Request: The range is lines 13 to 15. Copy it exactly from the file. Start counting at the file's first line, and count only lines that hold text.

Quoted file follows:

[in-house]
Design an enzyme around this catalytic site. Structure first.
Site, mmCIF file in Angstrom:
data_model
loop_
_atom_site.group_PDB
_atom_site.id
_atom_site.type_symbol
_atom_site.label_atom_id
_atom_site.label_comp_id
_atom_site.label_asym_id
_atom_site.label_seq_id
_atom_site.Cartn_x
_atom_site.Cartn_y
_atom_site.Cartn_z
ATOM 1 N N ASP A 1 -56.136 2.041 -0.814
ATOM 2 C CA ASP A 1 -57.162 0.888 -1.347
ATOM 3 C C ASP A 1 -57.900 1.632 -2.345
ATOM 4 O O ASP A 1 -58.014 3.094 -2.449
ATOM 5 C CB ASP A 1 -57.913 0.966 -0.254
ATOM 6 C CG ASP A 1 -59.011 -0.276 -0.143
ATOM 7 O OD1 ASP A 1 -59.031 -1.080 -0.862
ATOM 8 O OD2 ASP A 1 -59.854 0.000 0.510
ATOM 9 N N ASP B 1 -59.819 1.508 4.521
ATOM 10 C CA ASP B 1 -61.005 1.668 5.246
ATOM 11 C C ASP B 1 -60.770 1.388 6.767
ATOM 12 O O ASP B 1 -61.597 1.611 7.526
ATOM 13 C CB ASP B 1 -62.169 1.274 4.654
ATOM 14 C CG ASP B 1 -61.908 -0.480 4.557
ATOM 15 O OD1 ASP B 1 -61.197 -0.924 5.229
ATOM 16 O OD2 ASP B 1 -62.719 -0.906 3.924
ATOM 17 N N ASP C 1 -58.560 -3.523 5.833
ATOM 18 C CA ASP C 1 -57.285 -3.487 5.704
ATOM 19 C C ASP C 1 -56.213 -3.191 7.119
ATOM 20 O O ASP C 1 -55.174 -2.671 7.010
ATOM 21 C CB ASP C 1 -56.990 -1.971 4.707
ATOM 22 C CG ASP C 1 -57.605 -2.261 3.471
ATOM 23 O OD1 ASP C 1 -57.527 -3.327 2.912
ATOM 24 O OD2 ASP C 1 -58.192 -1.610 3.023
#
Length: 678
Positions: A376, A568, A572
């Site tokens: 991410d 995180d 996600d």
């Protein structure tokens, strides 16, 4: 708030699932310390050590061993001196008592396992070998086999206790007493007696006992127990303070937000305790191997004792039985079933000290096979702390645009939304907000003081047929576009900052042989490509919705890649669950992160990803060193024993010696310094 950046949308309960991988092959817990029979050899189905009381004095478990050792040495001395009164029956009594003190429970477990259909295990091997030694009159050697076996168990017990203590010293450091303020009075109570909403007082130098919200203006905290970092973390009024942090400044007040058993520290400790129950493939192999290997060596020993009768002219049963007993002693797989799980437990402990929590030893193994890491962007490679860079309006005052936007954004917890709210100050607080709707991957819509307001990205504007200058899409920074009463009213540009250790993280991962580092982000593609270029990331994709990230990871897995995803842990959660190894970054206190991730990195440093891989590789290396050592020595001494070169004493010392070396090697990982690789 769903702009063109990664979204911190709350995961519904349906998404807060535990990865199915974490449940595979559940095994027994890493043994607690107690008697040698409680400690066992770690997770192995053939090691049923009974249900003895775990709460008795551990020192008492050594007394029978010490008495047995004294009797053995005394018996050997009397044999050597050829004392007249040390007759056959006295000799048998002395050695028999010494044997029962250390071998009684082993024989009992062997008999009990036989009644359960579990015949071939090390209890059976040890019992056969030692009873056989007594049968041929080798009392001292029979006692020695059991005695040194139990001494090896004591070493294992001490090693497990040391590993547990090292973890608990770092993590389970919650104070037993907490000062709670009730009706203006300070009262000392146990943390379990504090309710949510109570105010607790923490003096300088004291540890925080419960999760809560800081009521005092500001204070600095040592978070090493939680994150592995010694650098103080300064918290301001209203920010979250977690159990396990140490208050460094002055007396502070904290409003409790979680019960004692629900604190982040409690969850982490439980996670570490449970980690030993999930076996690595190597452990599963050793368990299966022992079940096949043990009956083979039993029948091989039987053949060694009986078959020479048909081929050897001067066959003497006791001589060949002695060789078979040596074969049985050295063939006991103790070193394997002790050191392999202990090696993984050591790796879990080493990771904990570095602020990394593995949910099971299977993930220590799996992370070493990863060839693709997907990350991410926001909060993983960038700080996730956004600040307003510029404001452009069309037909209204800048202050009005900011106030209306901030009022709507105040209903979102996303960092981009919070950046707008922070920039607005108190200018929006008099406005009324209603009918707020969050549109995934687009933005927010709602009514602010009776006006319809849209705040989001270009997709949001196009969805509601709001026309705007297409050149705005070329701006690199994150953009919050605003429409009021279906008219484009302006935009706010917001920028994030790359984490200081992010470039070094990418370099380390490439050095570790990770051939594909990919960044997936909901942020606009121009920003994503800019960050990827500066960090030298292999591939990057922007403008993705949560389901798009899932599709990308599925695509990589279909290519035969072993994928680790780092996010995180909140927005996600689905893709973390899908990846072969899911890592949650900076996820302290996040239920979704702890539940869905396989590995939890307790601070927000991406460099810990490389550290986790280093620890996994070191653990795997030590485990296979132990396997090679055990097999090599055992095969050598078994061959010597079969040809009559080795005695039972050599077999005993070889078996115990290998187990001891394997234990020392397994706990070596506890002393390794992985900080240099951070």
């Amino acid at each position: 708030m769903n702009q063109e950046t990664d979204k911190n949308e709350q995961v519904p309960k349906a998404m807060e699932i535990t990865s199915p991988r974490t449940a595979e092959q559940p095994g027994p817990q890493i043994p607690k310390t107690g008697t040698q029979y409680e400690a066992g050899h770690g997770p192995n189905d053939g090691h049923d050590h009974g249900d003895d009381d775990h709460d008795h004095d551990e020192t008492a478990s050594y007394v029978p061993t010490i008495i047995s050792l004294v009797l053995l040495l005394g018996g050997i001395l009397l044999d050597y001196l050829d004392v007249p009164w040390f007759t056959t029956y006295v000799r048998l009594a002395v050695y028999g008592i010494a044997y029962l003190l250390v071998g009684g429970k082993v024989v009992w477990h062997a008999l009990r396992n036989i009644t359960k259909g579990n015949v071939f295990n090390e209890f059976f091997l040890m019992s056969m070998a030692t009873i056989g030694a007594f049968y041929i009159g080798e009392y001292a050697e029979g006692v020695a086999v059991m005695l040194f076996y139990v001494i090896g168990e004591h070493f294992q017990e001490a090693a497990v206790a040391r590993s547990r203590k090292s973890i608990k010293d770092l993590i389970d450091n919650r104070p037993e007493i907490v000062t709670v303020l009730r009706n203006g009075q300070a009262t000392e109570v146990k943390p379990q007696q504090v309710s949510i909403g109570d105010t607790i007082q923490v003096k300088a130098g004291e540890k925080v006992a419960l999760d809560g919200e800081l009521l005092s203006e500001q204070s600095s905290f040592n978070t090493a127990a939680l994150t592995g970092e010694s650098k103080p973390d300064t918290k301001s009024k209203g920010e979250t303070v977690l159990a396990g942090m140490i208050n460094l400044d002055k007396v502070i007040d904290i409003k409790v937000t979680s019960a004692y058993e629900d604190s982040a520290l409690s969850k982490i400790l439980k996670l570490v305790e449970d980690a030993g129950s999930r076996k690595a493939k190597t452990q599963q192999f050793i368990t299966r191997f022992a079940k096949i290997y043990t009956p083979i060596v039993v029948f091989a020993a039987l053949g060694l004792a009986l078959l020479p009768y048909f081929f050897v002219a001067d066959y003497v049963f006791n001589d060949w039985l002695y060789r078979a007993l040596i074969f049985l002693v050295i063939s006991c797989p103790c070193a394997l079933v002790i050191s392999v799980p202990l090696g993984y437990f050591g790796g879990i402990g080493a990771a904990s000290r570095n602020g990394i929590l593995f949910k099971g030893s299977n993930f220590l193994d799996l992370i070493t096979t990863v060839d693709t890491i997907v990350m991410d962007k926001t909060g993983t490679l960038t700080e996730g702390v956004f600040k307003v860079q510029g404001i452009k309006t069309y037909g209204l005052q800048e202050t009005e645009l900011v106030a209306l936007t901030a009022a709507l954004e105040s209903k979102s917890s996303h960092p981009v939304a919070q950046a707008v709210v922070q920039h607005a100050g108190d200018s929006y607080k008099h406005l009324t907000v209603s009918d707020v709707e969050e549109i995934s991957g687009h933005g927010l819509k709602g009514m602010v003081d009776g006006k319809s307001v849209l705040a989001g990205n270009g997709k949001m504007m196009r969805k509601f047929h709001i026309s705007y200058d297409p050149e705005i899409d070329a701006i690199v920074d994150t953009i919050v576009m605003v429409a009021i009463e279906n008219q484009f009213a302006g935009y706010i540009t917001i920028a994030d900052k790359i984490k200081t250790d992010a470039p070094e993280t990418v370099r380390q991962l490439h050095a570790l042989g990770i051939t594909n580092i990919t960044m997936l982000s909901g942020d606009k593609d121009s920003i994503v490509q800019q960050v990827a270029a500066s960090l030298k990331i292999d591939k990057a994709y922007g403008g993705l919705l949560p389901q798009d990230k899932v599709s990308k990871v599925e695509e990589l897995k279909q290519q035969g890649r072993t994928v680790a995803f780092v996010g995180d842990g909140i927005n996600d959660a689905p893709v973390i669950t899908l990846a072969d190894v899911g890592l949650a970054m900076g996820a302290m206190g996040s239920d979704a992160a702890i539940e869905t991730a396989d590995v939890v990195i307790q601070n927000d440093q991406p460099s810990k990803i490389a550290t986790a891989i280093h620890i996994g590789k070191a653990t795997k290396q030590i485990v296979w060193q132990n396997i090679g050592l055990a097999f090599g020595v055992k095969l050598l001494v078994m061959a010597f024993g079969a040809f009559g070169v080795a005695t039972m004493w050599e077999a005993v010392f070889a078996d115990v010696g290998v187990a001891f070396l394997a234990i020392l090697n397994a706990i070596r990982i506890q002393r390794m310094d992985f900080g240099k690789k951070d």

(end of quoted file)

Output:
_atom_site.Cartn_x
_atom_site.Cartn_y
_atom_site.Cartn_z